Discard gloves after cleaning. If your gloves are reusable, designate a pair exclusively for cleaning or disinfecting surfaces for SARS-CoV-2. Wash your hands after you remove gloves and store them in a separate bag for future use.
If surfaces are dirty, they should be cleaned using a detergent or soap and water prior to disinfection.
You can use a diluted household bleach solution if it's appropriate for the surface. Follow the label's instructions for application and ventilation. Always check the expiration date and make sure the product hasn't expired.
Prepare a bleach solution by mixing five tablespoons (1/3rd cup) bleach per gallon of water or four teaspoons bleach per quart of water.
For soft surfaces such as carpeted floor, rugs, and drapes, clean with the appropriate cleaners indicated for use on these surfaces. For launderable items including clothes, follow washing instructions at the warmest appropriate water setting and dry completely. Be sure to also disinfect laundry hampers.
Never mix chemicals or cleaning substances together, as they often combine to form deadly gases or highly corrosive acids.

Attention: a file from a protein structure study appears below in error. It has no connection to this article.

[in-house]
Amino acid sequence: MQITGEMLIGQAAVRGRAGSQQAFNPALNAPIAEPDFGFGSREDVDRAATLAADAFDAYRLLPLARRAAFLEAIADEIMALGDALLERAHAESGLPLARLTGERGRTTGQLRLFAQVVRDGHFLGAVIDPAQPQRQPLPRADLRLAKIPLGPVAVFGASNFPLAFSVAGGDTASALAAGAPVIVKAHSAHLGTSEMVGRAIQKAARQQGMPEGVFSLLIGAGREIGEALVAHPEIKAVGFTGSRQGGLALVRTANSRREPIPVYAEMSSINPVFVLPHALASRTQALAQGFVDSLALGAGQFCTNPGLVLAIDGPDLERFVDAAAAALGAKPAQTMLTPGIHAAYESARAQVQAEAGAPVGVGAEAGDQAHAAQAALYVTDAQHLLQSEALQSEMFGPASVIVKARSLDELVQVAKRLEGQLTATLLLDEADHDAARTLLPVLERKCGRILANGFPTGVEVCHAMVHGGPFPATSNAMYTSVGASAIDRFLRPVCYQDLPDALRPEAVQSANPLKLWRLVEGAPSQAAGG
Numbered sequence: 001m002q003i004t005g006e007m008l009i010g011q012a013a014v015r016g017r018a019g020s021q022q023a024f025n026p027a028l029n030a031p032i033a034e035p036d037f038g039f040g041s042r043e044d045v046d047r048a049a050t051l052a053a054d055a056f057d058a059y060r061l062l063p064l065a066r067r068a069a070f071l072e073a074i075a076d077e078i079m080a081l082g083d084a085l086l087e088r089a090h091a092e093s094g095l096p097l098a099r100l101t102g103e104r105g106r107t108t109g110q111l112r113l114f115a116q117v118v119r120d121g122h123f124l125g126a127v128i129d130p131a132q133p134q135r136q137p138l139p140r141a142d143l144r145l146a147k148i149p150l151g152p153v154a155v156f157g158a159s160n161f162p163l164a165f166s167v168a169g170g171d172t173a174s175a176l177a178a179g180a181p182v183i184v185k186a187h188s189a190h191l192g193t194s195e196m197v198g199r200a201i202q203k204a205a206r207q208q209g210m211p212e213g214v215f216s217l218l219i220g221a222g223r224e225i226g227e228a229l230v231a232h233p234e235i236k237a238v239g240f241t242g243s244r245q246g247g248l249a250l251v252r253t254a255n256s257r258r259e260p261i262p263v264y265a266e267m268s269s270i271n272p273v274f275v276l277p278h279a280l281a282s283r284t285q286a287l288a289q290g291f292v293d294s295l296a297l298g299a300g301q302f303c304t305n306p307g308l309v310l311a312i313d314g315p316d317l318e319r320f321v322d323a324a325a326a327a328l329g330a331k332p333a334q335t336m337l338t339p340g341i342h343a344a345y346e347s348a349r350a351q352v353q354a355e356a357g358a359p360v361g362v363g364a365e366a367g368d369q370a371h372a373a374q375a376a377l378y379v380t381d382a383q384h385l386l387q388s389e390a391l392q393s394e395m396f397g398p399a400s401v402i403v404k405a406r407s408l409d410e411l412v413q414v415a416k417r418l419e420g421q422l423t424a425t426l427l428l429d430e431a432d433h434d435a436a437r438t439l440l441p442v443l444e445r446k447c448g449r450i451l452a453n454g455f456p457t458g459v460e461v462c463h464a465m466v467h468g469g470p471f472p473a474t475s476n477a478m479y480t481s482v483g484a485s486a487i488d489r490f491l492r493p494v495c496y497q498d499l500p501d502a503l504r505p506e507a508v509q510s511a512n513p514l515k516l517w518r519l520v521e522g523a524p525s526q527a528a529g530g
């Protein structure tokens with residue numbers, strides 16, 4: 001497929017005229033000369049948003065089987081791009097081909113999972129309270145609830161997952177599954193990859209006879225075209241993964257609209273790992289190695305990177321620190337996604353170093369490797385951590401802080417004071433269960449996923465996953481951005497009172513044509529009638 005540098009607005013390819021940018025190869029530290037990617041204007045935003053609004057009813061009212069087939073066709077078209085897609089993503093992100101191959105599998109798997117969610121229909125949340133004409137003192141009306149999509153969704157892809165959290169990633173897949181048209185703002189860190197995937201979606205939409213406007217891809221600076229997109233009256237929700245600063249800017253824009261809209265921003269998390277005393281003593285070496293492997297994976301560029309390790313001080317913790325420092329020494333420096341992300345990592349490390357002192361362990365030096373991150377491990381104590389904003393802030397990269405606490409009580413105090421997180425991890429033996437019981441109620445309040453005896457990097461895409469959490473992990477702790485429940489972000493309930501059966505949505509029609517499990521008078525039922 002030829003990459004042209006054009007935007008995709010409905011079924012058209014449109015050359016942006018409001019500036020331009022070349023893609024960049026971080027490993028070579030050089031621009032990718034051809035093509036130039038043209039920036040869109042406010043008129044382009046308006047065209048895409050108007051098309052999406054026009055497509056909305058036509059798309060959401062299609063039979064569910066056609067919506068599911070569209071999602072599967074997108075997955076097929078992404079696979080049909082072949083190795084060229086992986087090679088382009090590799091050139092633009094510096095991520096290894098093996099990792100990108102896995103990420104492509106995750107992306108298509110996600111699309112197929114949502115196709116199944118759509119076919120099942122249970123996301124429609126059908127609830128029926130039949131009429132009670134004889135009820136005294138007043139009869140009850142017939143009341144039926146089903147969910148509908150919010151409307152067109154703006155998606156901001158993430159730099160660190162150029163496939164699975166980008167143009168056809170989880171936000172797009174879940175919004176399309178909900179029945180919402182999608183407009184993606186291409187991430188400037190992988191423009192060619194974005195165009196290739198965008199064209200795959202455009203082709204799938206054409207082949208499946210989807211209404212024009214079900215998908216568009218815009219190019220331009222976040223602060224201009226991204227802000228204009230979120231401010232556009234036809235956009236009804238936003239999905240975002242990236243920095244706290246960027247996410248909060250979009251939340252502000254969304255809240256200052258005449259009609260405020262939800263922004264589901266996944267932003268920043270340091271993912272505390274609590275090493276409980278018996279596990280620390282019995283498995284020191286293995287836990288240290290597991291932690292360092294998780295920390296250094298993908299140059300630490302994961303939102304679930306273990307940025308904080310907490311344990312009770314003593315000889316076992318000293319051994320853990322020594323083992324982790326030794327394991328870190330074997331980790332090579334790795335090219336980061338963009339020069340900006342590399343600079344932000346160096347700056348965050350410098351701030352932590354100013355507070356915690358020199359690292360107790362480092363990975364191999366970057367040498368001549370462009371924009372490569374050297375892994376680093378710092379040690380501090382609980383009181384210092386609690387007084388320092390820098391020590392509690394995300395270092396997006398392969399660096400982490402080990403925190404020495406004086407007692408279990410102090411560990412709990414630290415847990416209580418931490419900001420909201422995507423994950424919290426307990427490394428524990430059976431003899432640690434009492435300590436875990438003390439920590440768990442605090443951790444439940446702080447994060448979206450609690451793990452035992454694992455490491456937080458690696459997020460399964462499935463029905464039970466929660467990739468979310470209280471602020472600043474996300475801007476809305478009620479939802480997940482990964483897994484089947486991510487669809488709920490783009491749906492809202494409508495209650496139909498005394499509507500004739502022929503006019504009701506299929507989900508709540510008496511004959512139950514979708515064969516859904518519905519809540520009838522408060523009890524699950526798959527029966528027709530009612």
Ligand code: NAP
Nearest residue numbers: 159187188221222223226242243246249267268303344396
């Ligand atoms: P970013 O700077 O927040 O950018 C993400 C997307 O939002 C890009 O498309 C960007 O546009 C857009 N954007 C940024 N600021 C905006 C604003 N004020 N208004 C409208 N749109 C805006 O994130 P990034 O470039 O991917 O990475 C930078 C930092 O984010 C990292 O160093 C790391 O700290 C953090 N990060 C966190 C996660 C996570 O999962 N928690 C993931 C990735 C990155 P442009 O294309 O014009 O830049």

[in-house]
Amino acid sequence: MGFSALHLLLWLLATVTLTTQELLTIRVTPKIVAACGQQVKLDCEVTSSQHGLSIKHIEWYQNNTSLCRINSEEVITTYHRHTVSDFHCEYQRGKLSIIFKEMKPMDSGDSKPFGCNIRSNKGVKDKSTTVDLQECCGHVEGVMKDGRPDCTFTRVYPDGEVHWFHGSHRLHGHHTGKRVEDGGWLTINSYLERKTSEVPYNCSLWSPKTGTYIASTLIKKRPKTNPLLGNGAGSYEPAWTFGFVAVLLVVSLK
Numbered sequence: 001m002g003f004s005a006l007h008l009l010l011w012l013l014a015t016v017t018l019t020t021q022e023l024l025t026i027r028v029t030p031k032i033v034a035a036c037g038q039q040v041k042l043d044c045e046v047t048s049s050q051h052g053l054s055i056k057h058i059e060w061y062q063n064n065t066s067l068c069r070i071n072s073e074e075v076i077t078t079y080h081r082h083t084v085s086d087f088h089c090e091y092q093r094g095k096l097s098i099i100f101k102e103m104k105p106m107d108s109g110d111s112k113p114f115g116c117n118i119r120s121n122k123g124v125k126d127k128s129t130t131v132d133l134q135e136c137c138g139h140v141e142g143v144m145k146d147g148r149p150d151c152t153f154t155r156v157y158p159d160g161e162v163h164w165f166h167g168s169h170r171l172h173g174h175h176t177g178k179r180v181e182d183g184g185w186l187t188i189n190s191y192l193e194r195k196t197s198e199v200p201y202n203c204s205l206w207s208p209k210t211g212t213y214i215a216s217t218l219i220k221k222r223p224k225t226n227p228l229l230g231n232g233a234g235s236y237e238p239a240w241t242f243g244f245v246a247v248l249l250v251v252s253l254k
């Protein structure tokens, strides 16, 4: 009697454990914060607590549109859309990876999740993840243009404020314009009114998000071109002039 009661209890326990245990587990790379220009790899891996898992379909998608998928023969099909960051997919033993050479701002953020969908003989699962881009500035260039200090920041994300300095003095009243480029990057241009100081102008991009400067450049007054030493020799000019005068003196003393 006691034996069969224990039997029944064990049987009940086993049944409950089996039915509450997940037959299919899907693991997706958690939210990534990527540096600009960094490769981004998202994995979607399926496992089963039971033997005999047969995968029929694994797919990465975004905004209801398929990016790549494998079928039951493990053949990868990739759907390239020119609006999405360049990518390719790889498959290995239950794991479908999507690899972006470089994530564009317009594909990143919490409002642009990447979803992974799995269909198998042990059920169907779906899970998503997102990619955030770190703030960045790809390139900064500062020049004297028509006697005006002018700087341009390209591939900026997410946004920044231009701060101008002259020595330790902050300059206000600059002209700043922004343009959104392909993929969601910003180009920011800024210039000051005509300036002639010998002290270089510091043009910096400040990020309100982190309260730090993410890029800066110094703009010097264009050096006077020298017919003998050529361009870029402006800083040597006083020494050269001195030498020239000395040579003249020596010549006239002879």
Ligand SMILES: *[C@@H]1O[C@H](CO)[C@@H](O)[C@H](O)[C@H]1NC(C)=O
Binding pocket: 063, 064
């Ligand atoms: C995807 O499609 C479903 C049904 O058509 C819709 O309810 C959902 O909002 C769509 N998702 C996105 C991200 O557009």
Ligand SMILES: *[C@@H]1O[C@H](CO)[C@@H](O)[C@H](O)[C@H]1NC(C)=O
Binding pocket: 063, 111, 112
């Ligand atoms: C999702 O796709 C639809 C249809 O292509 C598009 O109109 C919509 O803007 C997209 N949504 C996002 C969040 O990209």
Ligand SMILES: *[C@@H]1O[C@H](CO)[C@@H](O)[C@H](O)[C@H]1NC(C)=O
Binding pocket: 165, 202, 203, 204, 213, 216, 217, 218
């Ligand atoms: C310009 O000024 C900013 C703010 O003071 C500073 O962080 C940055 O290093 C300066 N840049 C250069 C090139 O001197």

Household cleaners, disinfectants with 70% alcohol, and diluted bleach solutions are effective for disinfecting surfaces. Wear disposable gloves and ventilate the area. Follow label instructions for any products. Laundering clothes and other soft washables will disinfect them.
What This Means To You
Take the simple and effective precautions detailed above to destroy the novel coronavirus and prevent it from spreading. Clean frequently touched surfaces often, since the virus can survive many hours on most materials. We know that maintaining a distance from other people reduces the chances that the virus will reach us in the air.
Follow the disinfecting protocols at home, and reduce your potential for exposure by only leaving the house when necessary. Together we can mitigate the spread of the virus and lessen the impact of the COVID-19 health crisis.